As I toured Asia and Australia over the past month I was repeatedly greeted with a mix of fascination and bemusement at the current state of British politics and society. Time and again clients and audiences asked me to explain Brexit and the tumultuous UK General Election.
To outsiders it seems as if the normally politically stable and passive United Kingdom has of late become distinctly unstable and uncertain - one Australian national TV station reported the General Election result with the words "You thought things could not get any more crazy in the UK? Well, you were wrong!".
This precarious political dynamic has profound implications, for there is one word that the UK government and the markets did not want associated with Britain as it begins the daunting task of negotiating Brexit - 'Uncertainty'.
Many factors, some unique to 2017, were at play to help produce the shock election result – the Brexit dynamic, multiple recent terrorist attacks, the post-Independence referendum situation in Scotland, UKIP's dramatic fall, the May and Corbyn factors, etc. But the most intriguing of the key factors may be that Britains simply don't like voting too often!
The UK's so-called 'Civic Culture' - famously described in the 1963 political science study by Almond and Verba as "acceptance of the authority of the state" and "a belief in participation in civic duties" - might just have at its core an embrace of the fact that we are not consulted too frequently. Once an election has occurred it is left to the politicians to run the country for at least 4 or 5 years before bothering us again.
Teresa May's choice to ask the UK electorate to vote in a national plebiscite for the third time in as many years (two General Elections and the Brexit referendum) simply isn't the British way, and the electorate have punished her for inconveniencing them again with another vote ! 'Too much democracy' as one UK political commentator quipped to me this week.
This has put Theresa May in an unenviable and vulnerable position, and goes a long way to explain not just the forming of the "confidence and supply" minority government with the DUP but also most of the political developments seen since.
May cannot allow a situation where another election becomes the only way forward, as she knows she'll be personally punished for it by the UK electorate - the PM knows only too well that if Britain votes again in the next year or two it will likely herald a Labour government. Rather than burying Corbyn, May's choice to have a 2017 General Election has made him a viable national leader for the first time.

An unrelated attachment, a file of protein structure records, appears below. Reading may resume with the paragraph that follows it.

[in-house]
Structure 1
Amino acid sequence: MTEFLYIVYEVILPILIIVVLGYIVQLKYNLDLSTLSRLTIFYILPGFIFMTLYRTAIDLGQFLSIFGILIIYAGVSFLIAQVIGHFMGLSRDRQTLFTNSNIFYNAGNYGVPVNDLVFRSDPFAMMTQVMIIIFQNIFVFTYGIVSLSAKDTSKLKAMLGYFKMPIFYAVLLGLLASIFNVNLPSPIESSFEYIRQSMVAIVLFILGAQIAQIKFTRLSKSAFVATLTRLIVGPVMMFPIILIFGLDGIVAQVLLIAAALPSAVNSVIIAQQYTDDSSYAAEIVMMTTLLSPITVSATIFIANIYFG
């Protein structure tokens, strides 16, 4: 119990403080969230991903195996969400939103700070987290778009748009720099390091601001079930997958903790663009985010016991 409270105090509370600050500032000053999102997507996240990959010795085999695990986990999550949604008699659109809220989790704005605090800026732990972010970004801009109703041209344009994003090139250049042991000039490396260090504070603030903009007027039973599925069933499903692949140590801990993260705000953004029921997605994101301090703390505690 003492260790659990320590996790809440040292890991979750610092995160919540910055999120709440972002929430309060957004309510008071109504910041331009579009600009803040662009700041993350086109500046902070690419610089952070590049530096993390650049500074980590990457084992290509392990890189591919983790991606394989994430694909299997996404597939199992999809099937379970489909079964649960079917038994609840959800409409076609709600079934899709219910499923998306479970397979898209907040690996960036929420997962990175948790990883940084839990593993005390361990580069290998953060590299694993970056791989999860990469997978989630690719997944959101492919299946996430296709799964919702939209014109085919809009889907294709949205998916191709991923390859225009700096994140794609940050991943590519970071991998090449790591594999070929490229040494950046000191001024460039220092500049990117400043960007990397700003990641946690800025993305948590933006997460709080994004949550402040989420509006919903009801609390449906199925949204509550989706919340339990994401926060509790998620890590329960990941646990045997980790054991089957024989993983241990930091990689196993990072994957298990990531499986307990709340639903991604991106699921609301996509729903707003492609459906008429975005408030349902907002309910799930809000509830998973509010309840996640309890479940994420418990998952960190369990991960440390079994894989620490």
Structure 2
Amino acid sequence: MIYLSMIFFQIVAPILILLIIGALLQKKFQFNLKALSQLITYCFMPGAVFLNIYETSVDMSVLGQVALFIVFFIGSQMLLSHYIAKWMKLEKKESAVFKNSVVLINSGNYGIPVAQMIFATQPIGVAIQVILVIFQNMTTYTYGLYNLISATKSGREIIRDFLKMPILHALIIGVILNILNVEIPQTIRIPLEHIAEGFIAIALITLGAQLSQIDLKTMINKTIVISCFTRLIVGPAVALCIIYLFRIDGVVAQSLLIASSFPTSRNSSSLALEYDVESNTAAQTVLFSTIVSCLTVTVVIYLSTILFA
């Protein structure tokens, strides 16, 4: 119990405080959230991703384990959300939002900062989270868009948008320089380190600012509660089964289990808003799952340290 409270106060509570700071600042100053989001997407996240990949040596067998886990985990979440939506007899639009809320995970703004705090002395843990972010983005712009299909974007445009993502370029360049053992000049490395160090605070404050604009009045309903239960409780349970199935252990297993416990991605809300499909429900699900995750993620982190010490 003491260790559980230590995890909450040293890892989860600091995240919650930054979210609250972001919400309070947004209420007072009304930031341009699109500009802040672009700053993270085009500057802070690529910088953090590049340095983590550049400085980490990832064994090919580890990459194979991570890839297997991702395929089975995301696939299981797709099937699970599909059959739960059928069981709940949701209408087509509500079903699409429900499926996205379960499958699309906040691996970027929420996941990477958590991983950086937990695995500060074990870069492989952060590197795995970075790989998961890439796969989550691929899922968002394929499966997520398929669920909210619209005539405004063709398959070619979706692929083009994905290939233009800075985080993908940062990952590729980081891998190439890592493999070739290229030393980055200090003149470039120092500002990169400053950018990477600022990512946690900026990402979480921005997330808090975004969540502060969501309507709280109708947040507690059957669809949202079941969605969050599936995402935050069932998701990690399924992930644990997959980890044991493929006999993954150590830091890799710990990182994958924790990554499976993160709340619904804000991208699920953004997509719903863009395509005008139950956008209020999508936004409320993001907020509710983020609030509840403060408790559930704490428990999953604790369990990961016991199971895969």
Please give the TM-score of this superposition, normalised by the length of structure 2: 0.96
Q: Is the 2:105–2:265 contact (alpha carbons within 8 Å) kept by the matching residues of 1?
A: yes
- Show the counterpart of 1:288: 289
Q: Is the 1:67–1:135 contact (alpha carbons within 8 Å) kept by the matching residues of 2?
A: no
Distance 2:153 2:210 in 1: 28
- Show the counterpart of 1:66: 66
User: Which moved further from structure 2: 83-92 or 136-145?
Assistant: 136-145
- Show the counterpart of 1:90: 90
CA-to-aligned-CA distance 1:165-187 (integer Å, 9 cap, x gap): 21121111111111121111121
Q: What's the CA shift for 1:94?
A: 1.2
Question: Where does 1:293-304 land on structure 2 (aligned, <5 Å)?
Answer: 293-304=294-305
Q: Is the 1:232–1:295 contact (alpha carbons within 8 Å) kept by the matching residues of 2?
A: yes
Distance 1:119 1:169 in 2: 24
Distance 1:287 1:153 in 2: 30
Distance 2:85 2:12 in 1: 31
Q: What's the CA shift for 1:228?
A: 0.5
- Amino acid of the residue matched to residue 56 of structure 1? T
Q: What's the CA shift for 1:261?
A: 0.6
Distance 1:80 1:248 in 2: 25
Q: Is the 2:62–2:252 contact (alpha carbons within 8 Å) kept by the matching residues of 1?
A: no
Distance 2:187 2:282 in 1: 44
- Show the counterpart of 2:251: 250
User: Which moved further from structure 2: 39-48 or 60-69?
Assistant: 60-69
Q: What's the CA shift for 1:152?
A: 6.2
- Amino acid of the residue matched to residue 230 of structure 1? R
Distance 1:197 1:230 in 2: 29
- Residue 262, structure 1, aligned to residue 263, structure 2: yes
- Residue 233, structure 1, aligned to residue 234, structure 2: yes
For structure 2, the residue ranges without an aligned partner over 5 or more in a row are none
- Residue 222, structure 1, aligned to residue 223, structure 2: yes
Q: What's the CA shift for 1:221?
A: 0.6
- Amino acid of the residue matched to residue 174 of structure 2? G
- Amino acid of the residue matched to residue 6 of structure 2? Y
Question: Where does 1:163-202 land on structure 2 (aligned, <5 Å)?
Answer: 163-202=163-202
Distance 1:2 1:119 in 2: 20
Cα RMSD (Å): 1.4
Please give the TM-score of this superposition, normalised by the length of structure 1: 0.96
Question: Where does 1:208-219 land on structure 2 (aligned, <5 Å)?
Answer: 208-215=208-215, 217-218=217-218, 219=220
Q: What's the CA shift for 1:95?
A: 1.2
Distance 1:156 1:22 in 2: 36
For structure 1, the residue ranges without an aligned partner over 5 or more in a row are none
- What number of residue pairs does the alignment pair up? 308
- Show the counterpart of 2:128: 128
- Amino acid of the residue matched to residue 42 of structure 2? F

So instead Teresa May is investing all of her efforts into attempting to maintain her position as Prime Minister irrespective of its consequences for this vital 'uncertainty' dynamic - she now feels that there is no choice but to try and see out a full parliamentary term in this tenuous partnership with the DUP, whatever the cost, and hope that with time and a Brexit deal she can reinvigorate her political fortunes.
And that cost is already very high, with a £1 billion budget increase to Northern Ireland being promised by the PM just to secure DUP backing in the first key Commons votes on government policies announced in the Queen's Speech.
May's position meanwhile has only been further weakened by the fallout from the tragic Grenfell Tower fire, and a growing perception - whether fair or not - that poor people died because Conservative politicians (locally and nationally) simply didn't care about their welfare or safety.
The PM's decision not to meet survivors and those affected when she visited the site - after her refusal to take part in public debate during the Tory's disastrous election campaign - has only added more pressure and scrutiny of her leadership and her government. And as revelation after revelation regarding the fire becomes public the more this pressure is growing.
And the bulk of Brexit negotiations have not even begun yet.
Don't thus expect this uncertainty, and the associated mood and front-page headlines, to abate any time soon.